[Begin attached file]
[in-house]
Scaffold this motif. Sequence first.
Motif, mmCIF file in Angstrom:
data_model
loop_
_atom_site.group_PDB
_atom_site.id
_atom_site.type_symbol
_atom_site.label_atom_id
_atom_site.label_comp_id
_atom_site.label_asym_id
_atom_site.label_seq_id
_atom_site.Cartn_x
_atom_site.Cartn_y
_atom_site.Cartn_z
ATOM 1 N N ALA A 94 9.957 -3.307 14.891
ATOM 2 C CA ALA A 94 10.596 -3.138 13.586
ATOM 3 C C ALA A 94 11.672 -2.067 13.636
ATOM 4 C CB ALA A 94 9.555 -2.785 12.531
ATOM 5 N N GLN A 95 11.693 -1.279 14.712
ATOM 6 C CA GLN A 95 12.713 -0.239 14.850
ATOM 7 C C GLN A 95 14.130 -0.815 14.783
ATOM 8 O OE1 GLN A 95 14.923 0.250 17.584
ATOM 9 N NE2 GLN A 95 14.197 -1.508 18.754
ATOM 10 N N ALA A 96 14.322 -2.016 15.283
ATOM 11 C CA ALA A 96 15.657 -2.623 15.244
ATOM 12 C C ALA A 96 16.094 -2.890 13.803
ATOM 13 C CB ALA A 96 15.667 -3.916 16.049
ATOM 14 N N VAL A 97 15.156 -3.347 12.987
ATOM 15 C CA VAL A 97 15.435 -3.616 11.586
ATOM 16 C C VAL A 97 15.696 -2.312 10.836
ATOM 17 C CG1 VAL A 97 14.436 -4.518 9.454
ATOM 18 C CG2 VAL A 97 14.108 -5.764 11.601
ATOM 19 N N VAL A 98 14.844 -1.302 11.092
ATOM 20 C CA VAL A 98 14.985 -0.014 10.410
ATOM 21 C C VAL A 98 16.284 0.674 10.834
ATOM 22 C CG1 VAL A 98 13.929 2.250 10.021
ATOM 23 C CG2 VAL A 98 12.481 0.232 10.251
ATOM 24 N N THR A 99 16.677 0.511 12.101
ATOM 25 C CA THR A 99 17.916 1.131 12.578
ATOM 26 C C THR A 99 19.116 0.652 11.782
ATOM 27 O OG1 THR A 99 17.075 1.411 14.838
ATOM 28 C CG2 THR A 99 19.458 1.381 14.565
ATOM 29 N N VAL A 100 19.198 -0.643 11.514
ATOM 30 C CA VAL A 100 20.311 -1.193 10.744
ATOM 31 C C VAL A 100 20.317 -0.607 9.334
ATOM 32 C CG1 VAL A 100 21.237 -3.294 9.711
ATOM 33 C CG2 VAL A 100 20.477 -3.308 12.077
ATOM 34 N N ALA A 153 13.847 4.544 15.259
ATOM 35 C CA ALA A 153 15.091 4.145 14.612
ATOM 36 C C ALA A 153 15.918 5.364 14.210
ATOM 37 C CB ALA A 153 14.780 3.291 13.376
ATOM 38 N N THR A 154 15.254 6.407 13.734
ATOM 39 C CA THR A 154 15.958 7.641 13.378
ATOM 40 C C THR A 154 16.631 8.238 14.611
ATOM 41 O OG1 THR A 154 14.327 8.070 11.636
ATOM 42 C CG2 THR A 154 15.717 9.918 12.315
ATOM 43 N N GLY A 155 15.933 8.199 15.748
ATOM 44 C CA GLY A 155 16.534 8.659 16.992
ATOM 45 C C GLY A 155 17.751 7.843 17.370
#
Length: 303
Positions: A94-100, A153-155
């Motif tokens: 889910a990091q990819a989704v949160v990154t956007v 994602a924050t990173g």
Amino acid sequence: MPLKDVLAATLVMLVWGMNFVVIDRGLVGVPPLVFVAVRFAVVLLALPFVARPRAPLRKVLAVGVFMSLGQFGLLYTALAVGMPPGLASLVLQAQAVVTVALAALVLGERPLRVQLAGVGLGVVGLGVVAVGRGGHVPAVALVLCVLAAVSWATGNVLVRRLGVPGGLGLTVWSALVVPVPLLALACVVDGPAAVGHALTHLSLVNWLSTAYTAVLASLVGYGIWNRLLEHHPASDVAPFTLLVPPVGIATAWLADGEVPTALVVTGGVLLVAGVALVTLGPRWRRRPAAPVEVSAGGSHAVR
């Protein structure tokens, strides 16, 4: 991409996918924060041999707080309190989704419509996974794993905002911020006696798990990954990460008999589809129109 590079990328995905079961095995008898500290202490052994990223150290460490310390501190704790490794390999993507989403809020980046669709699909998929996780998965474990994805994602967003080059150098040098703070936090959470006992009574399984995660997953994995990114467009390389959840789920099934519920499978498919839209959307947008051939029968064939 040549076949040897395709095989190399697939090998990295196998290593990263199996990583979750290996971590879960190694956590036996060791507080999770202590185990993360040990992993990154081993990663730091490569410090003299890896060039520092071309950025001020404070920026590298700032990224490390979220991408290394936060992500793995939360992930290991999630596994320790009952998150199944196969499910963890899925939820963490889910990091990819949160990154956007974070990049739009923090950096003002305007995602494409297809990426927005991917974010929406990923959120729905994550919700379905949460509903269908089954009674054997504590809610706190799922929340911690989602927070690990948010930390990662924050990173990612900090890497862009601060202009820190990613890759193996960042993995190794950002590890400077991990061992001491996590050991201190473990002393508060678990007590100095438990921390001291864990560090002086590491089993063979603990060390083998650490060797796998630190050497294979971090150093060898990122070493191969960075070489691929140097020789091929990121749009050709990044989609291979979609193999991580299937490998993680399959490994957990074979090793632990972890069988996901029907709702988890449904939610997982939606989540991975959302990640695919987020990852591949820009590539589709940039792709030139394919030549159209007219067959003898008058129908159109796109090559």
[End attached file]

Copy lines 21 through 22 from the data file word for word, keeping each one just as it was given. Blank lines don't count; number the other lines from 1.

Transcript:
ATOM 6 C CA GLN A 95 12.713 -0.239 14.850
ATOM 7 C C GLN A 95 14.130 -0.815 14.783